The focus of the fighting in Syria is once again on the capital Damascus.
A Syrian military helicopter crashed in a ball of fire on Monday on the outskirts of the capital. Syrian state television and the state-run news agency SANA both acknowledged the crash, while grainy video footage posted on the Internet showed the flaming helicopter going down, trailed by a thick plume of black smoke.
When Kara Counard staged a photography exhibit at the ARTgarage in Green Bay this summer, she interviewed and photographed 33 subjects — women from the ages of 89-100 years old. She called it the Women Over 90 Project.
To give more volume to the exhibit, Kara brought in a group of fifth grade girls. The young people visited a nursing home and interviewed and photographed women in their 90s.
First, three stories from Thomas Peterffy's life as a trader:
When Peterffy was a kid growing up in communist Hungary in the 1950s his buddy went to Austria and brought back a pack of Juicy Fruit gum. Peterffy bought the pack, broke the sticks of gum up into little pieces, and sold them at a profit. The principal at his school was not amused. "Where's your communist conscience?" the principal asked.
Not surprisingly, given story #1, Peterffy moved to the U.S. as a young man.
Soraya Paksat of Voice of Afghan Women holds a knife that was confiscated from a woman who came to visit a young relative in one of the group's shelters. The woman intended to kill the girl for fleeing an abusive father.
Credit Sean Carberry / NPR
A woman crosses the street in Herat, Afghanistan. Burqa-clad women stand out on the streets in Afghanistan â both because of their bright blue burqas, and because there are far fewer women in public than men.
The gains by Afghan women are seen as one of the country's most important achievements over the past decade. But as the international community draws down its military and aid presence, those hard-won gains are at risk of being lost, according to activists.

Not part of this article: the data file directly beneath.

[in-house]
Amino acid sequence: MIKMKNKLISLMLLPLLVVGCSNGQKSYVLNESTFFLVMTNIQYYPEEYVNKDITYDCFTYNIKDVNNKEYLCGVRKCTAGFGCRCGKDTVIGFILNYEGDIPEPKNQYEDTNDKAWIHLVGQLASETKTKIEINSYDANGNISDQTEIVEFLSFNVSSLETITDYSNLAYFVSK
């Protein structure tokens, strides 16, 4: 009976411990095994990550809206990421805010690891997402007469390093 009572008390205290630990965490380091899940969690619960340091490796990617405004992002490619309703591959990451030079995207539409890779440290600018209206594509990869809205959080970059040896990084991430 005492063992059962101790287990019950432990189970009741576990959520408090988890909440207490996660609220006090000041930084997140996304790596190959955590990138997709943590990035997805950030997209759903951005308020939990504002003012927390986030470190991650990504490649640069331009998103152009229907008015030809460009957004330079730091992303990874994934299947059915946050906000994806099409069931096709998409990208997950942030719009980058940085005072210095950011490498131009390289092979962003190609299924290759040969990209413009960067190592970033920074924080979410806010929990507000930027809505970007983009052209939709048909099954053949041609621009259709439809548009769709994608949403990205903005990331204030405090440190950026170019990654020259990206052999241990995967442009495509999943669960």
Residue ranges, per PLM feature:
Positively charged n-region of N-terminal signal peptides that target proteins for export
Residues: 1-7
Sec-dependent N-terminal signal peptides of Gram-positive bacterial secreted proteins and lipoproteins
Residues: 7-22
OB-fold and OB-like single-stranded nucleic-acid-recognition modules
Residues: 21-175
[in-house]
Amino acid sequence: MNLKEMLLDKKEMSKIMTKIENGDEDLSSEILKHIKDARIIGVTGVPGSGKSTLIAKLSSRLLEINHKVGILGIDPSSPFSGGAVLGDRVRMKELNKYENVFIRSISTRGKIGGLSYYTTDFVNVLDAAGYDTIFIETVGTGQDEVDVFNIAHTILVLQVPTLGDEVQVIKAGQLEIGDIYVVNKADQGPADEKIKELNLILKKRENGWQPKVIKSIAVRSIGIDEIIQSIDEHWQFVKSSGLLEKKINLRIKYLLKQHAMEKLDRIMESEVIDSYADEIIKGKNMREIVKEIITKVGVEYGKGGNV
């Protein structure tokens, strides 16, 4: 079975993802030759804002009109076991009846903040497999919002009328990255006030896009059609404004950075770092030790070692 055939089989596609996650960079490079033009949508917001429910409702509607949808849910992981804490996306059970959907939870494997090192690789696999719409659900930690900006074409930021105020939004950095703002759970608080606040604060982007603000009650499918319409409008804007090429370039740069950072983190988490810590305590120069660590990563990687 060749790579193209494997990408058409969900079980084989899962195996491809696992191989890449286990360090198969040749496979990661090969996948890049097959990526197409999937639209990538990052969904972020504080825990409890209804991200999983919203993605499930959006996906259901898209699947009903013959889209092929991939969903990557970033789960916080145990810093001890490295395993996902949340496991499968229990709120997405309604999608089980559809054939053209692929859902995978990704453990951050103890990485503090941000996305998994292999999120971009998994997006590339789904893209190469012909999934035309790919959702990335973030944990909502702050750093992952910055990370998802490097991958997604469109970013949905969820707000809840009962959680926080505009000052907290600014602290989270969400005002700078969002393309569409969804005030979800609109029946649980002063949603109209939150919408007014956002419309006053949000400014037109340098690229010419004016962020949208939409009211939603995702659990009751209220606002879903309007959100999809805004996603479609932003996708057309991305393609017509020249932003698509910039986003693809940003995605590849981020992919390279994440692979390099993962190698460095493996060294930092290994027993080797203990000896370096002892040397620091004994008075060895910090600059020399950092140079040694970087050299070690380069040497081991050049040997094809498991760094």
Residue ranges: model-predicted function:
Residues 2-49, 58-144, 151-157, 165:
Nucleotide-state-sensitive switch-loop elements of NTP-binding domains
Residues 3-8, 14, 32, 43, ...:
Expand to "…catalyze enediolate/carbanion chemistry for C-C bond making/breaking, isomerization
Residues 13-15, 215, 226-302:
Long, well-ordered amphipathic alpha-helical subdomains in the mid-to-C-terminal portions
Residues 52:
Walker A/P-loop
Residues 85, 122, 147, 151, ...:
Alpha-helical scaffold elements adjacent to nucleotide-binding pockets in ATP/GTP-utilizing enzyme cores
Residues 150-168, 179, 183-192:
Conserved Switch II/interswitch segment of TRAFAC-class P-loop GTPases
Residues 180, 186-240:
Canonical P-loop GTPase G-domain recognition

Women are still being beaten, raped and forced into early marriage at alarming rates. And women's advocacy groups say they are already seeing signs of backsliding by the government when it comes to protecting women, and fear this could accelerate in the coming years.
Originally published on Mon August 27, 2012 4:16 pm
Organizers had predicted a turnout of thousands at a rally in a Tampa park Monday morning to protest Republican policies.
They ended up getting a better showing, as least early on, from the members of the media desperate to cover something — anything — on what was to have been the opening day of the Republican National Convention.
Originally published on Mon August 27, 2012 1:52 pm
Republicans have their former Democratic star at their convention this week in Artur Davis — and now Democrats have their answer in Charlie Crist.
The former governor and former Republican will speak next week at the Democratic National Convention in Charlotte, the party confirmed this morning. "I'm very pleased, at least in a small way, to try to help the president," Crist told NPR.
Tax rates have been a constant theme of this election cycle. Mostly, it's because Republican Presidential candidate Mitt Romney is one of the wealthiest men to run for president and the rate at which he has paid federal taxes has been the subject of much discussion.
Originally published on Mon October 15, 2012 10:39 am
With nearly 700 food carts licensed last year, Portland, Ore., is arguable a leader in the mobile food revolution. Lucky residents can choose between Iraqi-Jewish sabich, yeasted Belgian liege waffles, or Indonesian rendang, all served out of a friendly window on the sidewalk. But all of these mobile meals come with a downside — namely, trash.